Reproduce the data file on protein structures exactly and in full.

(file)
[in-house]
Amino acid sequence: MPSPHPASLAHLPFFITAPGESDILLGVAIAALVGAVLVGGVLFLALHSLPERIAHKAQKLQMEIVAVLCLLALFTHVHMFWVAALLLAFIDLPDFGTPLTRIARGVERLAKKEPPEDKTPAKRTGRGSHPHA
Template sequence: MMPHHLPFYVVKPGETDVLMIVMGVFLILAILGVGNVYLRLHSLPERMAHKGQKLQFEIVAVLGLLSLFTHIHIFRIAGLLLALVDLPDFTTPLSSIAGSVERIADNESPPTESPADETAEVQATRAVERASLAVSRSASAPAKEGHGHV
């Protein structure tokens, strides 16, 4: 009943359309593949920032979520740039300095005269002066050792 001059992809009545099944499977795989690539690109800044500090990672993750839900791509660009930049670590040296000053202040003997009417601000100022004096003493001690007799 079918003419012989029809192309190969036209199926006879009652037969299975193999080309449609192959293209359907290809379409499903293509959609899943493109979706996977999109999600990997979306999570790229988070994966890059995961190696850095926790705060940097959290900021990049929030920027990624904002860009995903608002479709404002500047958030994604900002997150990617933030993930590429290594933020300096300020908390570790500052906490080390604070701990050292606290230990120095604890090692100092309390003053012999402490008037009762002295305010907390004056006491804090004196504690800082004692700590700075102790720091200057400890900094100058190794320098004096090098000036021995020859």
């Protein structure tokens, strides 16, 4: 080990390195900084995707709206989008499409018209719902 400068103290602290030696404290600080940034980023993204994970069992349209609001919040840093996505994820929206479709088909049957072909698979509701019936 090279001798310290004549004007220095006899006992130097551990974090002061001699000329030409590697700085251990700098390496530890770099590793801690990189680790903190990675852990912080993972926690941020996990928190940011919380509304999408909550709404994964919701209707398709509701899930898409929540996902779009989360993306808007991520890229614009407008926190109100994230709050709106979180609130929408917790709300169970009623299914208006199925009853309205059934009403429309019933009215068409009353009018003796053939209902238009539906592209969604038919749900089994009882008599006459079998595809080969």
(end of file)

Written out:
[in-house]
Amino acid sequence: MPSPHPASLAHLPFFITAPGESDILLGVAIAALVGAVLVGGVLFLALHSLPERIAHKAQKLQMEIVAVLCLLALFTHVHMFWVAALLLAFIDLPDFGTPLTRIARGVERLAKKEPPEDKTPAKRTGRGSHPHA
Template sequence: MMPHHLPFYVVKPGETDVLMIVMGVFLILAILGVGNVYLRLHSLPERMAHKGQKLQFEIVAVLGLLSLFTHIHIFRIAGLLLALVDLPDFTTPLSSIAGSVERIADNESPPTESPADETAEVQATRAVERASLAVSRSASAPAKEGHGHV
């Protein structure tokens, strides 16, 4: 009943359309593949920032979520740039300095005269002066050792 001059992809009545099944499977795989690539690109800044500090990672993750839900791509660009930049670590040296000053202040003997009417601000100022004096003493001690007799 079918003419012989029809192309190969036209199926006879009652037969299975193999080309449609192959293209359907290809379409499903293509959609899943493109979706996977999109999600990997979306999570790229988070994966890059995961190696850095926790705060940097959290900021990049929030920027990624904002860009995903608002479709404002500047958030994604900002997150990617933030993930590429290594933020300096300020908390570790500052906490080390604070701990050292606290230990120095604890090692100092309390003053012999402490008037009762002295305010907390004056006491804090004196504690800082004692700590700075102790720091200057400890900094100058190794320098004096090098000036021995020859």
């Protein structure tokens, strides 16, 4: 080990390195900084995707709206989008499409018209719902 400068103290602290030696404290600080940034980023993204994970069992349209609001919040840093996505994820929206479709088909049957072909698979509701019936 090279001798310290004549004007220095006899006992130097551990974090002061001699000329030409590697700085251990700098390496530890770099590793801690990189680790903190990675852990912080993972926690941020996990928190940011919380509304999408909550709404994964919701209707398709509701899930898409929540996902779009989360993306808007991520890229614009407008926190109100994230709050709106979180609130929408917790709300169970009623299914208006199925009853309205059934009403429309019933009215068409009353009018003796053939209902238009539906592209969604038919749900089994009882008599006459079998595809080969």